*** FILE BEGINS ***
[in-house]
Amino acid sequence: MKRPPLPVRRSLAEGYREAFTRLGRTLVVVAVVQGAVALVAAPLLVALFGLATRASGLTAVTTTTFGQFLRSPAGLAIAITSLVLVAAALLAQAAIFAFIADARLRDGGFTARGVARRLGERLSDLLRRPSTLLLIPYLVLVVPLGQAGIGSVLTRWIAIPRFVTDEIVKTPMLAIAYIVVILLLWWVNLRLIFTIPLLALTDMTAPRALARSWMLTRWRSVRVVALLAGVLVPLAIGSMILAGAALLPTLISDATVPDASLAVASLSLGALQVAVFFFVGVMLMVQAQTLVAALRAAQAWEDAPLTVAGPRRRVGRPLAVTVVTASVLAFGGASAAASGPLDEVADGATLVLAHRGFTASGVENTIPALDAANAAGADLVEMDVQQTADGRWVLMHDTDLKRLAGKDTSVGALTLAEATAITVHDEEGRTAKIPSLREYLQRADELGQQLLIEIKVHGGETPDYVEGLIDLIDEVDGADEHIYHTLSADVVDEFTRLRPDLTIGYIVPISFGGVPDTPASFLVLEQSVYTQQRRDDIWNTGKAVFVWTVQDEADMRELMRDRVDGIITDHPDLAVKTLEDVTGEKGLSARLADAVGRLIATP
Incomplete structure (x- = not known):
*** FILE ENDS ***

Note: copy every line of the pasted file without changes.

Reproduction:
[in-house]
Amino acid sequence: MKRPPLPVRRSLAEGYREAFTRLGRTLVVVAVVQGAVALVAAPLLVALFGLATRASGLTAVTTTTFGQFLRSPAGLAIAITSLVLVAAALLAQAAIFAFIADARLRDGGFTARGVARRLGERLSDLLRRPSTLLLIPYLVLVVPLGQAGIGSVLTRWIAIPRFVTDEIVKTPMLAIAYIVVILLLWWVNLRLIFTIPLLALTDMTAPRALARSWMLTRWRSVRVVALLAGVLVPLAIGSMILAGAALLPTLISDATVPDASLAVASLSLGALQVAVFFFVGVMLMVQAQTLVAALRAAQAWEDAPLTVAGPRRRVGRPLAVTVVTASVLAFGGASAAASGPLDEVADGATLVLAHRGFTASGVENTIPALDAANAAGADLVEMDVQQTADGRWVLMHDTDLKRLAGKDTSVGALTLAEATAITVHDEEGRTAKIPSLREYLQRADELGQQLLIEIKVHGGETPDYVEGLIDLIDEVDGADEHIYHTLSADVVDEFTRLRPDLTIGYIVPISFGGVPDTPASFLVLEQSVYTQQRRDDIWNTGKAVFVWTVQDEADMRELMRDRVDGIITDHPDLAVKTLEDVTGEKGLSARLADAVGRLIATP
Incomplete structure (x- = not known):